Madeline L’Engle describes her reading habits in Walking on Water:
As a child, when I came across a word I didn’t know, I didn’t stop reading the story to look it up, I just went on reading. And after I had come across the word in several books, I knew what it meant; it had been added to my vocabulary. This still happens.
She compares this method to reading with a dictionary beside her. In the latter, she professes that she became bogged down.
Perhaps this is the best way for learning how to use analytical tools and how to apply mathematics to leadership.
Where Do We Go From Here
How do we find our way then, when we are exploring the unknown, blazing a trail into uncharted territory? How do we apply elementary statistical principles to transform uncertainty into decisive action? What is to prevent us from making a preposterous application of ATOMs when we deal with very complex situations, those in which our intuition fails?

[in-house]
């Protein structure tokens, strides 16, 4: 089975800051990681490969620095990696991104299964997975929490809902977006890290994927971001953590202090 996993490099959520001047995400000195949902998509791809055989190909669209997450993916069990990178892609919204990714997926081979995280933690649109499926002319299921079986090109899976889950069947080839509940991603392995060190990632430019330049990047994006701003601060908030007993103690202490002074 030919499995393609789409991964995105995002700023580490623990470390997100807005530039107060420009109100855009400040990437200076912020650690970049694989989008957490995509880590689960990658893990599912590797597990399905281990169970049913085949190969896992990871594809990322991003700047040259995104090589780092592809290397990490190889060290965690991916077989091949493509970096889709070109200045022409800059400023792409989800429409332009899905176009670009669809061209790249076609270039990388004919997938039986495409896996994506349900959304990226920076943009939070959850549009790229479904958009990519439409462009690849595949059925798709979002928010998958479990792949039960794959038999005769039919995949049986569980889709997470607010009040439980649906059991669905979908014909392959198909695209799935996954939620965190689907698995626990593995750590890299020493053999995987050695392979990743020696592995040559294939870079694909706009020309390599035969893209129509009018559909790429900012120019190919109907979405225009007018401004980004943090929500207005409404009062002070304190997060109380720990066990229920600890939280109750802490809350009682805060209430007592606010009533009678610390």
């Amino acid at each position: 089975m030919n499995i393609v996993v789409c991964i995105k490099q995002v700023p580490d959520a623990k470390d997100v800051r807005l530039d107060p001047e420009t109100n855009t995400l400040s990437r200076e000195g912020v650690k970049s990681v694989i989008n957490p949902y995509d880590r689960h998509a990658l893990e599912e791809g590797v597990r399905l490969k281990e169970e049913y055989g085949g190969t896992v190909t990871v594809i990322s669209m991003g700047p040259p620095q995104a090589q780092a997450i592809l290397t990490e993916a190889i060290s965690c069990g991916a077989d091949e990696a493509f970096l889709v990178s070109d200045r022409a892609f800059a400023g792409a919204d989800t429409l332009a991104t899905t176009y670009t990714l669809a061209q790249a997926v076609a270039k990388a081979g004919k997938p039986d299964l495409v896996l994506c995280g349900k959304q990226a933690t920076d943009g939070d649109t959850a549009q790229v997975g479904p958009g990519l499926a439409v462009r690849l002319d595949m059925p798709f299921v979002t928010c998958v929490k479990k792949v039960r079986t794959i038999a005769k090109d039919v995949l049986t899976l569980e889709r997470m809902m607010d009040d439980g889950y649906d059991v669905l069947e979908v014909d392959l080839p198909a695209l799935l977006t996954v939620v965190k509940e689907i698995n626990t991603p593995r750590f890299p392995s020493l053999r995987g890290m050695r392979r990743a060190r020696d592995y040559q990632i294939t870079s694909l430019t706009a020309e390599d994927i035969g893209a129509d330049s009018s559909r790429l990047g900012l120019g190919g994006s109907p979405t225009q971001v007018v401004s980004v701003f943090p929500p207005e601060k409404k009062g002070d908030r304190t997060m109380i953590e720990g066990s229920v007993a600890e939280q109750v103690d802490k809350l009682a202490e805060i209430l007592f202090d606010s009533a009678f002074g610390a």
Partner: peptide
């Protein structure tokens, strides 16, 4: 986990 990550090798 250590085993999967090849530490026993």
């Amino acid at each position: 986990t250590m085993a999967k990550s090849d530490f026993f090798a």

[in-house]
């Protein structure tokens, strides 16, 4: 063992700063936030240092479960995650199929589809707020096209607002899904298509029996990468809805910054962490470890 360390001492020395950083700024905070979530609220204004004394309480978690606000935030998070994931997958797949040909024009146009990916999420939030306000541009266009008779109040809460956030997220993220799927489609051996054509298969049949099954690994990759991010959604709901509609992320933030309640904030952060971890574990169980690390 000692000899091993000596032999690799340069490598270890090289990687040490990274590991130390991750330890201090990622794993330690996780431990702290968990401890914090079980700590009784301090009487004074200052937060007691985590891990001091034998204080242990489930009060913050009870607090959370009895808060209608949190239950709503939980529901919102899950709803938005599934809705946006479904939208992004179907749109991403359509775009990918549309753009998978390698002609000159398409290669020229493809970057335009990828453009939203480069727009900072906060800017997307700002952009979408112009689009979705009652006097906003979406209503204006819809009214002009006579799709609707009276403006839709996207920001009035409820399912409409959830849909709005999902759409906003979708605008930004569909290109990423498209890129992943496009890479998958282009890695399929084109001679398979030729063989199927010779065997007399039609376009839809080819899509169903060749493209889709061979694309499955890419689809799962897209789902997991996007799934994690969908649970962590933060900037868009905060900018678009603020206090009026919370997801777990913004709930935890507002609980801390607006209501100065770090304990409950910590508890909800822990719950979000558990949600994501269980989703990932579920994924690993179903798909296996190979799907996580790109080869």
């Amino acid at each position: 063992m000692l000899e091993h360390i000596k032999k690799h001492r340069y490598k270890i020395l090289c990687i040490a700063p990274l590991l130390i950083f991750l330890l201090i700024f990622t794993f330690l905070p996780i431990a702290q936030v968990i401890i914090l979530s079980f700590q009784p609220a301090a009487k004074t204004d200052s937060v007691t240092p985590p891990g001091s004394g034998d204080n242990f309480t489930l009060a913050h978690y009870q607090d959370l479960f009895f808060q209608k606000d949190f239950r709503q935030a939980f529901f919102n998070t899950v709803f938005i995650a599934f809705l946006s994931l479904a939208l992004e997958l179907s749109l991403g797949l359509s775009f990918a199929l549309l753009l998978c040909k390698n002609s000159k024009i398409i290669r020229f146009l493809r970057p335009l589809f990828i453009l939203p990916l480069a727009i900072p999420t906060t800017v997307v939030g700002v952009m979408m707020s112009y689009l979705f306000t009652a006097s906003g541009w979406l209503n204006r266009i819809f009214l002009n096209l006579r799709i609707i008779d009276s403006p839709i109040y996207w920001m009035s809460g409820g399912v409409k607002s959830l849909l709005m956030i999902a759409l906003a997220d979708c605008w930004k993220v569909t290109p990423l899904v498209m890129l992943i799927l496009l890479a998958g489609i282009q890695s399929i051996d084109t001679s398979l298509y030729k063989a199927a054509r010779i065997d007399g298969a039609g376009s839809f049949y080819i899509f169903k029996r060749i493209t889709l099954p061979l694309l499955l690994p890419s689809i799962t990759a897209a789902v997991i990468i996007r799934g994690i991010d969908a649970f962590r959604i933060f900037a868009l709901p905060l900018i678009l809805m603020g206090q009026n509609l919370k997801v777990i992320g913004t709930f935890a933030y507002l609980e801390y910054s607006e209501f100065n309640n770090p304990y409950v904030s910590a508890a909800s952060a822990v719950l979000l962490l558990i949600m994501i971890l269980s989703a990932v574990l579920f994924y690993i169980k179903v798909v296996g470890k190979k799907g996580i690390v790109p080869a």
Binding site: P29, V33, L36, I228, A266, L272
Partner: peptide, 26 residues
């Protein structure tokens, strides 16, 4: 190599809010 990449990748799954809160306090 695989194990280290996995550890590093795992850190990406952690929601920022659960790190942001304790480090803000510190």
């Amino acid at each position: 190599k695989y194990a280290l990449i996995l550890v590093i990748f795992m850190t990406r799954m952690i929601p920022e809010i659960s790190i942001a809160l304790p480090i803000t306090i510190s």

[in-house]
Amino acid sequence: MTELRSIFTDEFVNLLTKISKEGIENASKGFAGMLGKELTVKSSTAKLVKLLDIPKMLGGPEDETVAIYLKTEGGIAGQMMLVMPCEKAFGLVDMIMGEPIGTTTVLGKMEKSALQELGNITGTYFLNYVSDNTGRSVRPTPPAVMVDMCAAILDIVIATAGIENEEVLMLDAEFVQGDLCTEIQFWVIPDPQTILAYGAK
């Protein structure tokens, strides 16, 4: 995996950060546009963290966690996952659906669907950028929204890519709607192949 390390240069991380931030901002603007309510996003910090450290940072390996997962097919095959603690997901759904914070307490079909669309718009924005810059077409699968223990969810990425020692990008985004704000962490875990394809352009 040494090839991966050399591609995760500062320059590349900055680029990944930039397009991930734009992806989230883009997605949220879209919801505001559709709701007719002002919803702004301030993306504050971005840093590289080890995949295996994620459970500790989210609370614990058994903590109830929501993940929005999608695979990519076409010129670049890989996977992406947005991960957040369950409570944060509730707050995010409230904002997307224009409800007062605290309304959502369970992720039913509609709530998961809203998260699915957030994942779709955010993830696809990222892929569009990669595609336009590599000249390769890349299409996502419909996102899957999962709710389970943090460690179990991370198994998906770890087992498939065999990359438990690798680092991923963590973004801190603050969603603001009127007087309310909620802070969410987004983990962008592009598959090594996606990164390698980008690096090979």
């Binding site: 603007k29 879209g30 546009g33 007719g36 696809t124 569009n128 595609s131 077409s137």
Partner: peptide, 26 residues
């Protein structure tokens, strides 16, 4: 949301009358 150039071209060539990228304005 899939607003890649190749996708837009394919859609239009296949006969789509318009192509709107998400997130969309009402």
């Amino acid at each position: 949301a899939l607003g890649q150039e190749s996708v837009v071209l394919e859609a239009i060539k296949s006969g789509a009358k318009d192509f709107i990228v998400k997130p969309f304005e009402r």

These questions are not much different from those faced by Chuck Yeager before he ever broke the sound barrier or Neil Armstrong as he took that first step on the moon. Neither of these men, nor anyone around them–with hundreds or thousands of highly educated, very scientific people on these teams–knew what to expect. Or did they…?
ATOMs is a monthly column that introduces analytical tools of mathematics and statistics and illustrates their application. To read more about ATOMs, you can read Where Do We Go From Here, or view the online workbook here.